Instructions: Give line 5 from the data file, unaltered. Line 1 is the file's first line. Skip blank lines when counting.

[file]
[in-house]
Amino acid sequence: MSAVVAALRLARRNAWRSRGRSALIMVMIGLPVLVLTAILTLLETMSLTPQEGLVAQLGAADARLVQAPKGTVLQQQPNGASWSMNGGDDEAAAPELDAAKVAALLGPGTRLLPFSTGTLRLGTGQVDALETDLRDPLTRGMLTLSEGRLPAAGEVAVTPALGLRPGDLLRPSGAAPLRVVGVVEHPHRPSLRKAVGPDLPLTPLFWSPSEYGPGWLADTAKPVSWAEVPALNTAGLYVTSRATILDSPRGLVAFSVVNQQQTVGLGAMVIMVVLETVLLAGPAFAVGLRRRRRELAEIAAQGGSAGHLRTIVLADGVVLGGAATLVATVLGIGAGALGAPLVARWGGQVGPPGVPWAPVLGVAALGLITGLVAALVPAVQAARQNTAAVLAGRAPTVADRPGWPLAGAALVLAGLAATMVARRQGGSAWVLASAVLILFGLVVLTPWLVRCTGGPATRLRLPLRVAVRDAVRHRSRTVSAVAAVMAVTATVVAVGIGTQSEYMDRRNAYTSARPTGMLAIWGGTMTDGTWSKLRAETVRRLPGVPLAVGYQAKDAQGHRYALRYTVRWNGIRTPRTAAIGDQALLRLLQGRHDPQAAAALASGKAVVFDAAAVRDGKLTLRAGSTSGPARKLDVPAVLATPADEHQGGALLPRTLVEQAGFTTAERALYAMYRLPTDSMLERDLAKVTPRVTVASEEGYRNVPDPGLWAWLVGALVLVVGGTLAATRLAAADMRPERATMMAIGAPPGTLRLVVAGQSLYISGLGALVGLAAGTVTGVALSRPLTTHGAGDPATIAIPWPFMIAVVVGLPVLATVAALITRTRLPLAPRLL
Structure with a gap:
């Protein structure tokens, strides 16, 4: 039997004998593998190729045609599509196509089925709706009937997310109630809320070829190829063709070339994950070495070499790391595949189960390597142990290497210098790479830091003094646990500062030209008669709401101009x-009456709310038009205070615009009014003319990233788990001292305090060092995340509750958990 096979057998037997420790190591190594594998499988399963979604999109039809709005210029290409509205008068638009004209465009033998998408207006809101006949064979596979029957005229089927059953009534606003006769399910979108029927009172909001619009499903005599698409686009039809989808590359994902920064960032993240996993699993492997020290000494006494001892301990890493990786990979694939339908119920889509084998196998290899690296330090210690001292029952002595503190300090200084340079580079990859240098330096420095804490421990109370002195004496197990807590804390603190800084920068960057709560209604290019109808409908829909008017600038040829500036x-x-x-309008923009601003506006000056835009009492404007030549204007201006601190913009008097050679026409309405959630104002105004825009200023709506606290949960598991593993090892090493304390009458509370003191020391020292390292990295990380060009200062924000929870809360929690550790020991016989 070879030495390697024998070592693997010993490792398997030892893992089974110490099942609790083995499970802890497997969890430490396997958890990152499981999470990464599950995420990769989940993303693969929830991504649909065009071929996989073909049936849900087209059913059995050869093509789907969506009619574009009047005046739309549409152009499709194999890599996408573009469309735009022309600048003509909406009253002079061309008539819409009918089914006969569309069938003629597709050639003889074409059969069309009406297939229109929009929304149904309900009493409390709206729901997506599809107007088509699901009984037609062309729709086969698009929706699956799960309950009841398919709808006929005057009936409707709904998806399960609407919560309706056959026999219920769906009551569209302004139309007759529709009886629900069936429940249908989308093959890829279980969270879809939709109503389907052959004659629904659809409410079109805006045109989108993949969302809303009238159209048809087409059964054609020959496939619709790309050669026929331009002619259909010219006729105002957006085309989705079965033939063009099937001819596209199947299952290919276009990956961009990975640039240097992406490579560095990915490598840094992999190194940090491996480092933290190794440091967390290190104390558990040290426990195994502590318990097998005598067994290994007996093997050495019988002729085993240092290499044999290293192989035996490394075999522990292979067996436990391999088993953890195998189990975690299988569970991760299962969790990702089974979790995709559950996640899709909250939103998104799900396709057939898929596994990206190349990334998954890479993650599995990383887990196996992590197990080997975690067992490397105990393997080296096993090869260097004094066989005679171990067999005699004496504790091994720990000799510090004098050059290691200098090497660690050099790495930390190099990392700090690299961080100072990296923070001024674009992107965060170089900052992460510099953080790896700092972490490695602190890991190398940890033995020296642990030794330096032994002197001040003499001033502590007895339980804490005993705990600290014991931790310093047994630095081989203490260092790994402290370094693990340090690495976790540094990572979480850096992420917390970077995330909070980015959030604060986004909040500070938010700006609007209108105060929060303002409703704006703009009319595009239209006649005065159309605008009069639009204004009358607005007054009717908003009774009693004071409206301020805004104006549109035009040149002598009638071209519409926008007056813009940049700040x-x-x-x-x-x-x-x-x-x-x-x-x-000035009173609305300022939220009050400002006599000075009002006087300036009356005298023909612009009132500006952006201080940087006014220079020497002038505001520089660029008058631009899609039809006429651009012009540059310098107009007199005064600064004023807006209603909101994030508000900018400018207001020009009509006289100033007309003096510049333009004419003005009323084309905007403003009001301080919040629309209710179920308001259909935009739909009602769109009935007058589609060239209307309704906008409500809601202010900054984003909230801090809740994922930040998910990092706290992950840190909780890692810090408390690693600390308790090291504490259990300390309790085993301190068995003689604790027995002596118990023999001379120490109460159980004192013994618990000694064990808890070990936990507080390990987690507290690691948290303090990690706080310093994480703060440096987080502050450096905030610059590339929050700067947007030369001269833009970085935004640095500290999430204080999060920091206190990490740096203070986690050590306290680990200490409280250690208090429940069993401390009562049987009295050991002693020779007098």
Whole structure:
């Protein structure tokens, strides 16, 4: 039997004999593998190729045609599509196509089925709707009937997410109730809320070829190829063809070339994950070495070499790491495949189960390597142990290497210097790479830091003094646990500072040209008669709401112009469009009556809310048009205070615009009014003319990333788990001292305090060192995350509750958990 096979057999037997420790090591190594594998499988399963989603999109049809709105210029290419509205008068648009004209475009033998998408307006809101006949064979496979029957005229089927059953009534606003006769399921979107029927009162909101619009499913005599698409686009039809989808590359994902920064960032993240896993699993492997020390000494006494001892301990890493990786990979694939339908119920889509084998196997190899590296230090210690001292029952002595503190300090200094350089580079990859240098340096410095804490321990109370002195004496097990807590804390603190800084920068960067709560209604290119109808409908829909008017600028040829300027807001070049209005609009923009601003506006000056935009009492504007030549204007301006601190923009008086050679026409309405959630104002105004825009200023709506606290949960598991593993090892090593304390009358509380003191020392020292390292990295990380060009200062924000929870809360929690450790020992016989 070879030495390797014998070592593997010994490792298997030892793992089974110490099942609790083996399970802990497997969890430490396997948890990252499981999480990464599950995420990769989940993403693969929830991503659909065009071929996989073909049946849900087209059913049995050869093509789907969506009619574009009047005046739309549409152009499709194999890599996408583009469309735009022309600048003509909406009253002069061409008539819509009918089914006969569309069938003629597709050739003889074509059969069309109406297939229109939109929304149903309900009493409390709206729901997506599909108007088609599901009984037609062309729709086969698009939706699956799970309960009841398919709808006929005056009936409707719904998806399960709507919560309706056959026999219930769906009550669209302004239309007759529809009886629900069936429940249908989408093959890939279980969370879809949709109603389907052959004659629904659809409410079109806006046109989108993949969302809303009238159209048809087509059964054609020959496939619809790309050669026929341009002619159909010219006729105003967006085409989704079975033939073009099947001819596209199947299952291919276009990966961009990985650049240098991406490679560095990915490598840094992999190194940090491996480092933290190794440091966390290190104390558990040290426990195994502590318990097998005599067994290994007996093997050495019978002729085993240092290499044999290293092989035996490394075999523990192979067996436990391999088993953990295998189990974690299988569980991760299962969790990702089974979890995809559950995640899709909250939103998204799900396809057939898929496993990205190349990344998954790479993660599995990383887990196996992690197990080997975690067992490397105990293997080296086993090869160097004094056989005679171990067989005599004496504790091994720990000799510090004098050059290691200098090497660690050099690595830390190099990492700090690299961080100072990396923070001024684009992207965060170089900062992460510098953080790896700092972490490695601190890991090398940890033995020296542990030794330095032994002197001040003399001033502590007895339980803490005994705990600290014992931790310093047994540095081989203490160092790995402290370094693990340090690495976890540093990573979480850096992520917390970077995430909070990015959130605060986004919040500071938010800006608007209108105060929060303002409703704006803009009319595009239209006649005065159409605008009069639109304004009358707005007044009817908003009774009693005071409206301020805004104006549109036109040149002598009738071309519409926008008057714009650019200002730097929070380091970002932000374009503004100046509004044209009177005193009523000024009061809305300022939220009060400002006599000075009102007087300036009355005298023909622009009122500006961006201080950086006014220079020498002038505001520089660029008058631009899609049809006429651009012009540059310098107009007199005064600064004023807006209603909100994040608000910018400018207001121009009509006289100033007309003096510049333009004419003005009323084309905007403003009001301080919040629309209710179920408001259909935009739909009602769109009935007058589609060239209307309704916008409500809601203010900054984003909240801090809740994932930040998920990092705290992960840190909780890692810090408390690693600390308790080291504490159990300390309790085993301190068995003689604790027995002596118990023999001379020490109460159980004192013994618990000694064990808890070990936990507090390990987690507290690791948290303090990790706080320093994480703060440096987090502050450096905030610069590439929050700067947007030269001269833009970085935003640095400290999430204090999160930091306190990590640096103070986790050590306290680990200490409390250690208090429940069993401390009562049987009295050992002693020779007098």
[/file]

Whole structure: